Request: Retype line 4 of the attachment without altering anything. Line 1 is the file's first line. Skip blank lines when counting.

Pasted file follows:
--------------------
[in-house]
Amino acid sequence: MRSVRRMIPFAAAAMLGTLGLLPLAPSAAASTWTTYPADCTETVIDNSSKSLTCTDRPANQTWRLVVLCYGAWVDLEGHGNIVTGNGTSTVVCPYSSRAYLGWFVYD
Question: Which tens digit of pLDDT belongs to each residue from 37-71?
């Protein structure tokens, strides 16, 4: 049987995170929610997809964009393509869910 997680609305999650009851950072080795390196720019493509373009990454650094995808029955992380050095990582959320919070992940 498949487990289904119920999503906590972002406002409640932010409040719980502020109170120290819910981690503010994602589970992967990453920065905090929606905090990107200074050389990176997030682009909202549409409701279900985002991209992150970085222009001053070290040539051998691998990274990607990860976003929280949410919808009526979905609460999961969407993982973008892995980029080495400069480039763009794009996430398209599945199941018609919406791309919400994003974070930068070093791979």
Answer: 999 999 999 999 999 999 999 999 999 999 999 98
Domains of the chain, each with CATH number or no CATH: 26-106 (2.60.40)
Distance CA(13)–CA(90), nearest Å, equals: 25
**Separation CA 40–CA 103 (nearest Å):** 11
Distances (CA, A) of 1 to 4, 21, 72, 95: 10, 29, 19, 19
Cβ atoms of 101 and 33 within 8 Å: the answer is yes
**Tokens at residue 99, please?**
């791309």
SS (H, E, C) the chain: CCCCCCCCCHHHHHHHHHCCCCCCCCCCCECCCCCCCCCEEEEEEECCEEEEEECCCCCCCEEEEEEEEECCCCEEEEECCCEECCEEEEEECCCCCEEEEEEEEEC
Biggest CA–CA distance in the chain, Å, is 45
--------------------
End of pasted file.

């Protein structure tokens, strides 16, 4: 049987995170929610997809964009393509869910 997680609305999650009851950072080795390196720019493509373009990454650094995808029955992380050095990582959320919070992940 498949487990289904119920999503906590972002406002409640932010409040719980502020109170120290819910981690503010994602589970992967990453920065905090929606905090990107200074050389990176997030682009909202549409409701279900985002991209992150970085222009001053070290040539051998691998990274990607990860976003929280949410919808009526979905609460999961969407993982973008892995980029080495400069480039763009794009996430398209599945199941018609919406791309919400994003974070930068070093791979």